The backbone is a homegrown enterprise data warehouse, called Penn Data Store. The warehouse contains data from clinical and administrative systems, including the three major clinical information systems at Penn Medicine: an outpatient EHR from Epic, which is used by 1,800 affiliated physicians; an inpatient EHR from Allscripts, which is used within Penn Medicine’s five hospitals; and an enterprise laboratory information system from Cerner. In all, the warehouse stores over 4 billion rows of clinical data, with 2 million being added each day.
For the big data effort, Chivers and the Penn Medicine’s data science team used an ETL procedure to pull data from the enterprise warehouse into an open source database from MongoDB that provides flexibility for the machine-leaning applications the data science team utilizes. From there, observations made by the clinical staff are converted into time-series formats, or events, that can be analyzed by machine learning applications, Chivers says.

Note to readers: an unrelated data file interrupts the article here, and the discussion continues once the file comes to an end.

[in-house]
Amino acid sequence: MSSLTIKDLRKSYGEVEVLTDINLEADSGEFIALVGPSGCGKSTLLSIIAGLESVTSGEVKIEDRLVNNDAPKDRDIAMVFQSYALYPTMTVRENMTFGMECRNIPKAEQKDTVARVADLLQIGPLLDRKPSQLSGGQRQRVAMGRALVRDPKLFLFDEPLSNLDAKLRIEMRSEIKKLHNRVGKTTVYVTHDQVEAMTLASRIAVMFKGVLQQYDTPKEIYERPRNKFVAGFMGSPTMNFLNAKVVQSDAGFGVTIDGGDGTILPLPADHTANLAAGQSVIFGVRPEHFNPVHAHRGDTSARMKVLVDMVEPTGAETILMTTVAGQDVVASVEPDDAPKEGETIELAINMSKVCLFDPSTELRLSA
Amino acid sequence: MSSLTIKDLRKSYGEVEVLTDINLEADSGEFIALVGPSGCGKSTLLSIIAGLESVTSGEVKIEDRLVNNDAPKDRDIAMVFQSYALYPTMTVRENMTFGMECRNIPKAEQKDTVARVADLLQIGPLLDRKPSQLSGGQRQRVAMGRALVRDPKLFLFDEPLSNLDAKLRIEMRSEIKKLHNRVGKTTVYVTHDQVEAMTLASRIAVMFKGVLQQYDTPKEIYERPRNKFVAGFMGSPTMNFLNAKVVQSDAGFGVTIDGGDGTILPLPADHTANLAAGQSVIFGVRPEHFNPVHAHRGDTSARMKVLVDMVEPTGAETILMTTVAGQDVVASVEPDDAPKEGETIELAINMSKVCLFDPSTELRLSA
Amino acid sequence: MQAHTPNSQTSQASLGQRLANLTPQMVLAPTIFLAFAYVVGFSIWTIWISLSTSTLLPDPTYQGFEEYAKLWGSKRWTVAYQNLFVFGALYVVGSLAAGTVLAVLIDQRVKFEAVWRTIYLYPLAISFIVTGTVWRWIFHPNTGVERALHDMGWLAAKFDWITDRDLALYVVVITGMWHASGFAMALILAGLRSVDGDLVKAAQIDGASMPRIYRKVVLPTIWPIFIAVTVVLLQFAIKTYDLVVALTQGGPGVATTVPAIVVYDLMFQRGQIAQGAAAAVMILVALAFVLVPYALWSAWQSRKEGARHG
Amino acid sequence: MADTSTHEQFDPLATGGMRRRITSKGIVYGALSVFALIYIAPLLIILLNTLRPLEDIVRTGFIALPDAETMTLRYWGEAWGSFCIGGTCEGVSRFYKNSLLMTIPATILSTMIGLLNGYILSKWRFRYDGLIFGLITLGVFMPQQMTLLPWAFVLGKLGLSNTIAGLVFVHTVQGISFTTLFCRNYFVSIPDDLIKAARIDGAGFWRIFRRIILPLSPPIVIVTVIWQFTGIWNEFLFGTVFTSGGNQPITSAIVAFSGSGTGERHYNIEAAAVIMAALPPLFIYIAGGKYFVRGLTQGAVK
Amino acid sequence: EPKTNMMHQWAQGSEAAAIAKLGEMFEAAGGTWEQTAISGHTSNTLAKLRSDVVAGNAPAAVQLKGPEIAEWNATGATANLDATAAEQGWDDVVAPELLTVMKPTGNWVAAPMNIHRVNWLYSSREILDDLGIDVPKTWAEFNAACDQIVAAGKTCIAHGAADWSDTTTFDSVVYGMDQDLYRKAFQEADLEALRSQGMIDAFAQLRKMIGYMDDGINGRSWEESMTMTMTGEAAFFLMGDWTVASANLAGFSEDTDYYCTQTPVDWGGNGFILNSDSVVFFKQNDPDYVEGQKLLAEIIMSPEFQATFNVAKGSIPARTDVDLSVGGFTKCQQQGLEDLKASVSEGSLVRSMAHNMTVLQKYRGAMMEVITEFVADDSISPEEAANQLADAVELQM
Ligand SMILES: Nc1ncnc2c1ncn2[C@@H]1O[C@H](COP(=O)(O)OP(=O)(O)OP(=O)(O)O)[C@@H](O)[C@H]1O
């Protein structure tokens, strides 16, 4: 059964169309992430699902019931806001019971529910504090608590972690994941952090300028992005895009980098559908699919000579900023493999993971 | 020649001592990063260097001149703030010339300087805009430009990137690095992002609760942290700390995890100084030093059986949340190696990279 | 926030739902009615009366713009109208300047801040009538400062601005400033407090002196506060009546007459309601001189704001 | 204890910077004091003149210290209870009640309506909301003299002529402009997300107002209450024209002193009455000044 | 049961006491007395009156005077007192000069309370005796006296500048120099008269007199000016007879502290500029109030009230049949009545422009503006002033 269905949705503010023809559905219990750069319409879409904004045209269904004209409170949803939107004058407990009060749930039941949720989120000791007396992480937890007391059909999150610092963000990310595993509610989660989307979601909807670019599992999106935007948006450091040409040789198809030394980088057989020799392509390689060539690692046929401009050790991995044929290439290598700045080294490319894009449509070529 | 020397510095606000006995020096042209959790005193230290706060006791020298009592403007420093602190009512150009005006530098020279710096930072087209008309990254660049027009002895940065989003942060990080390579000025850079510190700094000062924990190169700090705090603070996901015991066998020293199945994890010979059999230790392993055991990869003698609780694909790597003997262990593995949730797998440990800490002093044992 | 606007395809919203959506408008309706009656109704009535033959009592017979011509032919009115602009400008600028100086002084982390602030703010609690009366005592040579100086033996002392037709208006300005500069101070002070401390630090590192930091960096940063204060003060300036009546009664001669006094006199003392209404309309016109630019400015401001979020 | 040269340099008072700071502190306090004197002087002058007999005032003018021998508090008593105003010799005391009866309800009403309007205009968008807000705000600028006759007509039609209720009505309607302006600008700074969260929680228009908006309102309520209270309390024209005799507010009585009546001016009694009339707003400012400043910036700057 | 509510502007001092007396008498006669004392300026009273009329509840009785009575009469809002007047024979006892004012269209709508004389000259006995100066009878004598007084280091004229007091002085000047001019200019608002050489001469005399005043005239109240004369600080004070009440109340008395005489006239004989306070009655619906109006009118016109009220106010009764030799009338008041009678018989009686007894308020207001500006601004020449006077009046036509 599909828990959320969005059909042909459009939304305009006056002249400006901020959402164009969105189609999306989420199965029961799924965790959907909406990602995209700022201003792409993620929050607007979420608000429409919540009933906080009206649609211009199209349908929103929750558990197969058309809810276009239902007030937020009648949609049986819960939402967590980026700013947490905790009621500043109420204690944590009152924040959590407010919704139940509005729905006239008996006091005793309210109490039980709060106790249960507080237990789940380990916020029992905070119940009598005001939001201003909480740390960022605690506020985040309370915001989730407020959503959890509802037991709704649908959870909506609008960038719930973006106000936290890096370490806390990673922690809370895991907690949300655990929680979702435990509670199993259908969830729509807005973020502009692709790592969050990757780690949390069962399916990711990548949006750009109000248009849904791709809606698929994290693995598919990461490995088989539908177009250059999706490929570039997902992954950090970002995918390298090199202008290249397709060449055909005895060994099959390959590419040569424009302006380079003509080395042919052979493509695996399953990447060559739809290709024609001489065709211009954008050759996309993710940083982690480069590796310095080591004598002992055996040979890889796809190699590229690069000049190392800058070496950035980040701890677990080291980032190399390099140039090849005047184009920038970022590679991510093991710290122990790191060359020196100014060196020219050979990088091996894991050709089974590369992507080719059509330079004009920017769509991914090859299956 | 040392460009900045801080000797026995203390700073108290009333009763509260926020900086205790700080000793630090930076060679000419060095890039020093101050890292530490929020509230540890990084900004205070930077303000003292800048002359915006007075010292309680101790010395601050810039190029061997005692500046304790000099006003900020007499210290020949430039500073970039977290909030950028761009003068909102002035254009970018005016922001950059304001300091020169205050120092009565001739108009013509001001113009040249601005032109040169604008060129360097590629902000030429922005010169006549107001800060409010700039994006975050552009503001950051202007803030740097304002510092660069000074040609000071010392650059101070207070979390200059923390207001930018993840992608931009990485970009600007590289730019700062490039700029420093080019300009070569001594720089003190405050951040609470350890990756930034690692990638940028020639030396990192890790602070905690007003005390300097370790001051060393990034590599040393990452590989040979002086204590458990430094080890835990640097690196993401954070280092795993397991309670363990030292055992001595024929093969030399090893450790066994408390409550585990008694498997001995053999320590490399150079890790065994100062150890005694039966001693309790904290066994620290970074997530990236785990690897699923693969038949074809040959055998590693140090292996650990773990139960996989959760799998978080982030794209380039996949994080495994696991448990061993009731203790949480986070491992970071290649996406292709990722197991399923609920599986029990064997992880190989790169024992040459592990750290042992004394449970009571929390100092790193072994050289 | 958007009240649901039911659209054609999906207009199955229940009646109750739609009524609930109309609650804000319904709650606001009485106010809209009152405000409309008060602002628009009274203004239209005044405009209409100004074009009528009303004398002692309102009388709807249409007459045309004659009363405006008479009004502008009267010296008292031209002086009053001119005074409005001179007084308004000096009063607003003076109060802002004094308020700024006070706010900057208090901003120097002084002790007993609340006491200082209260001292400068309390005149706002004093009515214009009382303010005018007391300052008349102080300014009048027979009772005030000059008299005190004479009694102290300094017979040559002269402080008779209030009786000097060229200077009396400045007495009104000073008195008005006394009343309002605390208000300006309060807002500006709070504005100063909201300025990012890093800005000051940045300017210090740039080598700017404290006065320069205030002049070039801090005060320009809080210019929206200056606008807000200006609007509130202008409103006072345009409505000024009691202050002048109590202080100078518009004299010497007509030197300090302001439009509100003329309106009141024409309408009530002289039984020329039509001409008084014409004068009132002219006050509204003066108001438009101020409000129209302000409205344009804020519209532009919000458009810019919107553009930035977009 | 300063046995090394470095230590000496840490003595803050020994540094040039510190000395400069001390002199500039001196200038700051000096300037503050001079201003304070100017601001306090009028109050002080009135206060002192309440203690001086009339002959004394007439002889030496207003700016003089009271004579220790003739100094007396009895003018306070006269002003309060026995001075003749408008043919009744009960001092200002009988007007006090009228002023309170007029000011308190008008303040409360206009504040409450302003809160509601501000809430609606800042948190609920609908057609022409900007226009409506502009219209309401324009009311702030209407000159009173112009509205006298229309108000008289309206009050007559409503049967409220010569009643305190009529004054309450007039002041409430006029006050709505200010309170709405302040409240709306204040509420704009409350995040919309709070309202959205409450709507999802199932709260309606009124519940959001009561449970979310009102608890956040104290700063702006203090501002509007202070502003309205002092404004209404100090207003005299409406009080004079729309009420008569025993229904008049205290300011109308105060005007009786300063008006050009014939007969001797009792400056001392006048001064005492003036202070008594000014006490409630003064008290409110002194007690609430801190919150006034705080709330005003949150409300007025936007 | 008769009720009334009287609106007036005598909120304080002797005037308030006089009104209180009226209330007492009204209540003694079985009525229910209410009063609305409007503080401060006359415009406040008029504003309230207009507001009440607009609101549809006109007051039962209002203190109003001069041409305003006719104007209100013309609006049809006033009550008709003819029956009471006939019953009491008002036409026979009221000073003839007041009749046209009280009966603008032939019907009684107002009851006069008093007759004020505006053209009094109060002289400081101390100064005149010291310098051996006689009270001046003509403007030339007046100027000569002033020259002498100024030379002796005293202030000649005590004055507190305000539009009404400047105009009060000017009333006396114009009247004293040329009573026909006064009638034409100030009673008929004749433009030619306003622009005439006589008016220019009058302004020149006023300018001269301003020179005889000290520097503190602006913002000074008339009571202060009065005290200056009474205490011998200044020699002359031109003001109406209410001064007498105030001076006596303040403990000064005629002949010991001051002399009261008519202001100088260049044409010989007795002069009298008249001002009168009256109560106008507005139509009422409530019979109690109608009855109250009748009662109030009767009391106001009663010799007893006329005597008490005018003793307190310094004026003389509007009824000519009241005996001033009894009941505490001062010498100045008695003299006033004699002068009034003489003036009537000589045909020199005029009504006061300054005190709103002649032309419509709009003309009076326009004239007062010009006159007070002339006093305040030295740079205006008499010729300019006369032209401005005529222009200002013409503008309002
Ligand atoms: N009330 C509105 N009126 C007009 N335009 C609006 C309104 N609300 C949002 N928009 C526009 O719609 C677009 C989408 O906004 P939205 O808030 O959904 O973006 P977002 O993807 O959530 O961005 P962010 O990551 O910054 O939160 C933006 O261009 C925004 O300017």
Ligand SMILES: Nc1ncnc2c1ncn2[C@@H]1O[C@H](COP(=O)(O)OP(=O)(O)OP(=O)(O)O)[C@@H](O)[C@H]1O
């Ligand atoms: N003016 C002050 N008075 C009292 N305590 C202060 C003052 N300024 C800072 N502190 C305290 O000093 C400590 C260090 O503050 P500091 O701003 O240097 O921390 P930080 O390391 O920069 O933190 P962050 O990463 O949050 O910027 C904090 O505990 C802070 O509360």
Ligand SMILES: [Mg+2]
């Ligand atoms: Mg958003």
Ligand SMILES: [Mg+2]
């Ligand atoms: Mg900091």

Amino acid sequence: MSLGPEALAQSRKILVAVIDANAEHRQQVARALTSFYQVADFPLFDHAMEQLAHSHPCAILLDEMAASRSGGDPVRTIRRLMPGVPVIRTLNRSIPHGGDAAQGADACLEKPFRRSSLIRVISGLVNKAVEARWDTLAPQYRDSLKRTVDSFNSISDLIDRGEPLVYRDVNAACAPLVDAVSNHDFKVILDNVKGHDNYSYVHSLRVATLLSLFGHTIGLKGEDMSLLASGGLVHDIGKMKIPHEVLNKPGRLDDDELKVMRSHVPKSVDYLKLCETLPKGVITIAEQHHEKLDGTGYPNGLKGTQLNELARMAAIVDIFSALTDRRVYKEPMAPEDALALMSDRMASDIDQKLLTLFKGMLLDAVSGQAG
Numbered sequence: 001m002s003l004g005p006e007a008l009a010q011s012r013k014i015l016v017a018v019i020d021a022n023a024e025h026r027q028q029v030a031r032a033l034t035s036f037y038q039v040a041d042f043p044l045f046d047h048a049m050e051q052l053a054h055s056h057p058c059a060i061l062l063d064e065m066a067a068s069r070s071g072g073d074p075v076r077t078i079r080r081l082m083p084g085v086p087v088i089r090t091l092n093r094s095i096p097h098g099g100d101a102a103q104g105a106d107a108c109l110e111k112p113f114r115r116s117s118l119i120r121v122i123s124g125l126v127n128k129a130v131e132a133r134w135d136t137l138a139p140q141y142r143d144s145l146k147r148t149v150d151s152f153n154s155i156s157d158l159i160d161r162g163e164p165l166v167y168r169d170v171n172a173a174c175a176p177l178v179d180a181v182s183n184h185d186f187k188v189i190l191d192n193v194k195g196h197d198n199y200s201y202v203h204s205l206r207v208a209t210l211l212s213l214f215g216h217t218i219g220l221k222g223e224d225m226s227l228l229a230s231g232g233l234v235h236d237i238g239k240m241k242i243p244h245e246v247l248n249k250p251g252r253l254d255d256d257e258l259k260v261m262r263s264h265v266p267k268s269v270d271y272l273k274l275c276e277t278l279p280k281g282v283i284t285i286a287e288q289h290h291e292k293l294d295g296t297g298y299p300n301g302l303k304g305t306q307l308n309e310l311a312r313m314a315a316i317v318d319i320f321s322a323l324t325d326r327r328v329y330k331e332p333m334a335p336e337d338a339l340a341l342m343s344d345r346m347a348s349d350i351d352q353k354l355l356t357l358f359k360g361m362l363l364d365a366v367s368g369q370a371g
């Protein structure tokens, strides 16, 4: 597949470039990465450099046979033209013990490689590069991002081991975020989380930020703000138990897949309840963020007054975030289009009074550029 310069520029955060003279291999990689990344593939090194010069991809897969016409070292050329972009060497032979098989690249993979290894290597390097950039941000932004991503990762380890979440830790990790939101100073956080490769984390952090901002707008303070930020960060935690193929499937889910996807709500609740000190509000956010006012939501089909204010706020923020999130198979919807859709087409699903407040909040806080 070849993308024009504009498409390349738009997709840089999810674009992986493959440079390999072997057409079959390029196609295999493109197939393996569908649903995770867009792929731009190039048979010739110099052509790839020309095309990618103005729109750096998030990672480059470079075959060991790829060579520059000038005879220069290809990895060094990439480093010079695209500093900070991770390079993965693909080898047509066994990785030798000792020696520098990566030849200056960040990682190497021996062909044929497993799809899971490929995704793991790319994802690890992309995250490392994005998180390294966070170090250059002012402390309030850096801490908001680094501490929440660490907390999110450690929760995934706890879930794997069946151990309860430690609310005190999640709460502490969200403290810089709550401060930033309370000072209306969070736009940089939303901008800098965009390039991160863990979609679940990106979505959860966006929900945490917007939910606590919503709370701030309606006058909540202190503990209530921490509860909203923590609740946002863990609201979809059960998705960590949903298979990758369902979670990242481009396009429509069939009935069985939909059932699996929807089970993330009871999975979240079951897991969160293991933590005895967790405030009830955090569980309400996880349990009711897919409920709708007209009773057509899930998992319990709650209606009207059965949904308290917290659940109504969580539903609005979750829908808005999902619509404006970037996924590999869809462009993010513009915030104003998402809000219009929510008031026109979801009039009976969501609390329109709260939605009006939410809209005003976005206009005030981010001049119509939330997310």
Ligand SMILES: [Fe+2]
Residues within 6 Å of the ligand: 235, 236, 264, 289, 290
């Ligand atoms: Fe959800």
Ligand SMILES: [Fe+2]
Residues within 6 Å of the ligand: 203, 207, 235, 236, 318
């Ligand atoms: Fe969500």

The team uses Python programming language, ZeroMQ messaging and the iPython Notebook computational environment to pull data sets and explore that data using dimensional reduction and machine learning. They then can save predictive models they’ve developed and ship them up into the real-time data stream as operational models, Chivers explains.
For many health conditions, timing is everything. In the case of sepsis, every hour a patient goes undiagnosed increases the mortality rate by more than 7 percent, according to clinical studies, which also estimate that only 50 percent of septic shock patients receive effective therapy on time.